In a majority-minority city such as New York, African Americans and Latinos are seldom found as firefighters, and some professions apparently are the functional equivalent of a family business. It seems more than mere coincidence that unemployment among people of color has skyrocketed.

Some people will always point to the scores, but the truth is that intelligence, achievement and merit cannot be reduced to a single score. But gatekeepers in education and the professions have long used standardized testing as a tool to keep racial, ethnic, class and gender diversity from entering the gate. The tests and the racism always went hand in hand. As anthropologist Carolyn Fluehr-Lobban points out in Race and Racism: An Introduction, standardized intelligence testing was born of the eugenics movement and the IQ tests. These pseudo-scientific tests were first used to prove that immigrant groups, “certain undesirable non-Anglo-Saxons – especially Jews, Hungarians, Poles, Russians, and Italians – ‘were mentally defective.'” What worked as a tool of class and ethnic discrimination against European immigrants was then utilized to prove the racial inferiority of “Negro, Mexican and Spanish-Indian children.” And according to the National Center for Fair and Open Testing, “IQ tests are nothing more than a type of achievement test which primarily measures knowledge of standard English and exposure to the cultural experiences of middle class whites.” Yet, society still relies on these exams, commonly known today as the SAT, ACT, GRE, MCAT, GMAT, LSAT, and bar exam, among others.

Society’s gatekeepers have a lot of power. They decide who gets the job and why. They determine who is a team player, who is a good fit, who is fit to lead and who is not. They decide who is too much of this or not enough of that, who is qualified, underqualified, or overqualified. They decide if an applicant’s name sounds too “Black” or “Latino”, whatever that means. They determine whose hair looks too Black. Gatekeepers create the reality, however subjective, flawed or biased the methodology. They choose the images in Hollywood and on TV, and which people will portray criminals or upstanding citizens, or nothing at all. Gatekeepers make the policies that create a mostly Black and Brown prison population, and a mostly White legal profession. They decide to fill the special education classes and foster care systems with children of color, who will, in turn, fill the prisons. Gatekeepers decide to have a panel discussion on a cable news program, and the topic is the nation’s first Latina Supreme Court justice, yet none of the panelists are Latinas.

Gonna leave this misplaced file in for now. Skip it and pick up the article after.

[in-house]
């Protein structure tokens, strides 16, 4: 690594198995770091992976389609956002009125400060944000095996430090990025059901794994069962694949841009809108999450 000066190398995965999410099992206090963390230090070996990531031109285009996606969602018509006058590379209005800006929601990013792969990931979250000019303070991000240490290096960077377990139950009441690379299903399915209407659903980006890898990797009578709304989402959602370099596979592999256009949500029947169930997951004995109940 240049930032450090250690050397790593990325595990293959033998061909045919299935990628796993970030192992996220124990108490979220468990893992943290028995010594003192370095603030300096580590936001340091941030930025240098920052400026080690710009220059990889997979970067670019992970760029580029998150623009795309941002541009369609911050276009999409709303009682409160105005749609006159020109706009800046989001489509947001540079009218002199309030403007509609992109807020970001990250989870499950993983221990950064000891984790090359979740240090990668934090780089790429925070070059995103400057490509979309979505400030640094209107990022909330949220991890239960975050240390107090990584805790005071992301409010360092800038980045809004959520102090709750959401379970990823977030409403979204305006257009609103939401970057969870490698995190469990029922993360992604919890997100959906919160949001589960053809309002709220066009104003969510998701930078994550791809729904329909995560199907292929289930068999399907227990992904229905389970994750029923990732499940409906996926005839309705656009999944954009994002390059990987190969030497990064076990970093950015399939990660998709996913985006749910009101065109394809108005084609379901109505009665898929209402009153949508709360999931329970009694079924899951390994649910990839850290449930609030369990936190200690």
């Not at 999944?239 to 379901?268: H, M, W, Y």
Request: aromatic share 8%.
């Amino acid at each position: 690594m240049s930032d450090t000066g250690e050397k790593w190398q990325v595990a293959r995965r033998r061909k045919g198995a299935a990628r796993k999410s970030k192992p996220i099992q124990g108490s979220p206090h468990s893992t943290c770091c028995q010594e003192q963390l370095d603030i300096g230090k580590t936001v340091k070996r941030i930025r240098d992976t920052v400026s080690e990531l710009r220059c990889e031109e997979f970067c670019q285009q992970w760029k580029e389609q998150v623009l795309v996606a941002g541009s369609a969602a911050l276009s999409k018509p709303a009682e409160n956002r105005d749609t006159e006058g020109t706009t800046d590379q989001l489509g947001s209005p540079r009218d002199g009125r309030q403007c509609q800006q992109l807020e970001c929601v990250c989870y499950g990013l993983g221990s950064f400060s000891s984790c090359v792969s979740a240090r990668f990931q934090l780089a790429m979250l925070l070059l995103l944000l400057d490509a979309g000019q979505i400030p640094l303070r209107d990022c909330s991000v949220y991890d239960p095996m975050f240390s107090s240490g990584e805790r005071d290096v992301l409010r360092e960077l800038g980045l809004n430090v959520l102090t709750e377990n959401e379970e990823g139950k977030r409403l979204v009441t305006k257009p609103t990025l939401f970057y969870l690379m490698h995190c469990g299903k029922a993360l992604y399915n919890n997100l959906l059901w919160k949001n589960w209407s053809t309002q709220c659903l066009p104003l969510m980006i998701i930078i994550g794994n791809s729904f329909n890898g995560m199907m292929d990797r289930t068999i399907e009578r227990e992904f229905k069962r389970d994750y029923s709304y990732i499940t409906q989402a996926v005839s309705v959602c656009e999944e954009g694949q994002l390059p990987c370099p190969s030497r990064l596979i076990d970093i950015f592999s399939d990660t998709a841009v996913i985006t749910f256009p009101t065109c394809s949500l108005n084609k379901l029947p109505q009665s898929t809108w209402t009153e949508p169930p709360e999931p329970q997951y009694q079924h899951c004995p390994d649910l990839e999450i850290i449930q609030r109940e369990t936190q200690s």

And gatekeepers lack diversity, in a nation that is becoming more and more diverse by the day. Often, their goal is to maintain a system where everyone looks the same, like the good ol’ days. That is why steps are needed to ensure that the game is not rigged, as it has been for so long, so that we do not revert to the nation’s default settings of power and privilege.

Harvard professor Henry Louis Gates – who had a less than positive experience with the Cambridge police department of late – said it best in his commencement address to Berea College in 2008:

For me, no matter how intelligent I may or may not be, for me to have been one of those six black boys who graduated from Yale in 1966, affirmative action was a class escalator. As far as I’m concerned, ladies and gentlemen, no one in the American academy has benefited more from affirmative action than I have. And that’s why I will go to my grave as an ardent and passionate defender of affirmative action. For me to become so successful in America, and for me to become a gatekeeper of American society and stand at the gate and protest affirmative action to keep out women or people of color would make me a hypocrite as big as Justice Clarence Thomas, and I’m not that kind of person. We need more affirmative action in this country, not less affirmative action. I don’t care what the White House says, and I don’t care what the minority on the Supreme Court says, and that’s the subject of my address this afternoon. Editorial Board member David A. Love, JD is a journalist and human rights advocate based in Philadelphia, and a contributor to the Progressive Media Project and McClatchy-Tribune News Service, among others. He contributed to the book, States of Confinement: Policing, Detention, and Prisons (St. Martin’s Press, 2000). Love is a former Amnesty International UK spokesperson. His blog is